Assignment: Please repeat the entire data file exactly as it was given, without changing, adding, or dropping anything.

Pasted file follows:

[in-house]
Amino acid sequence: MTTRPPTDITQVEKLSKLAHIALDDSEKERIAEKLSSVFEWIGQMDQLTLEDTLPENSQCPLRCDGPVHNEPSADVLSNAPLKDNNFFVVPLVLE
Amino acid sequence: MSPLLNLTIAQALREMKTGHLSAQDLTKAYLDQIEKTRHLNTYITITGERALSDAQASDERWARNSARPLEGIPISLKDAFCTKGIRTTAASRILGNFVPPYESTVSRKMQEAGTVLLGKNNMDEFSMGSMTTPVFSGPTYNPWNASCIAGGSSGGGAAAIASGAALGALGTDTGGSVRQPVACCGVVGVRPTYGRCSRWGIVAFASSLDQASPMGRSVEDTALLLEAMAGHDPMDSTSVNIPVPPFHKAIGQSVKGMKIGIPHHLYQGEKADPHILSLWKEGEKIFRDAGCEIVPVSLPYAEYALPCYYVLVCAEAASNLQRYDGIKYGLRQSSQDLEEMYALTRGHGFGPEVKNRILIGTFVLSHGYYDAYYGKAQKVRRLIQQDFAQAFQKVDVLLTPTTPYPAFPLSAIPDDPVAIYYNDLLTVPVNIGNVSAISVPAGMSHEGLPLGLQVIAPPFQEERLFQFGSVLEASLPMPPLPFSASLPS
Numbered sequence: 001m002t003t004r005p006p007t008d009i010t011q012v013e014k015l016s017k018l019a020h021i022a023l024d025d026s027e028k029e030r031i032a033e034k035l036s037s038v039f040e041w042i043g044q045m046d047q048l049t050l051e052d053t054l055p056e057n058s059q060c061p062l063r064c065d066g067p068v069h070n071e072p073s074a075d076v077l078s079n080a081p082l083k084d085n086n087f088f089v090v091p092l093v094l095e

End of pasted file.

[in-house]
Amino acid sequence: MTTRPPTDITQVEKLSKLAHIALDDSEKERIAEKLSSVFEWIGQMDQLTLEDTLPENSQCPLRCDGPVHNEPSADVLSNAPLKDNNFFVVPLVLE
Amino acid sequence: MSPLLNLTIAQALREMKTGHLSAQDLTKAYLDQIEKTRHLNTYITITGERALSDAQASDERWARNSARPLEGIPISLKDAFCTKGIRTTAASRILGNFVPPYESTVSRKMQEAGTVLLGKNNMDEFSMGSMTTPVFSGPTYNPWNASCIAGGSSGGGAAAIASGAALGALGTDTGGSVRQPVACCGVVGVRPTYGRCSRWGIVAFASSLDQASPMGRSVEDTALLLEAMAGHDPMDSTSVNIPVPPFHKAIGQSVKGMKIGIPHHLYQGEKADPHILSLWKEGEKIFRDAGCEIVPVSLPYAEYALPCYYVLVCAEAASNLQRYDGIKYGLRQSSQDLEEMYALTRGHGFGPEVKNRILIGTFVLSHGYYDAYYGKAQKVRRLIQQDFAQAFQKVDVLLTPTTPYPAFPLSAIPDDPVAIYYNDLLTVPVNIGNVSAISVPAGMSHEGLPLGLQVIAPPFQEERLFQFGSVLEASLPMPPLPFSASLPS
Numbered sequence: 001m002t003t004r005p006p007t008d009i010t011q012v013e014k015l016s017k018l019a020h021i022a023l024d025d026s027e028k029e030r031i032a033e034k035l036s037s038v039f040e041w042i043g044q045m046d047q048l049t050l051e052d053t054l055p056e057n058s059q060c061p062l063r064c065d066g067p068v069h070n071e072p073s074a075d076v077l078s079n080a081p082l083k084d085n086n087f088f089v090v091p092l093v094l095e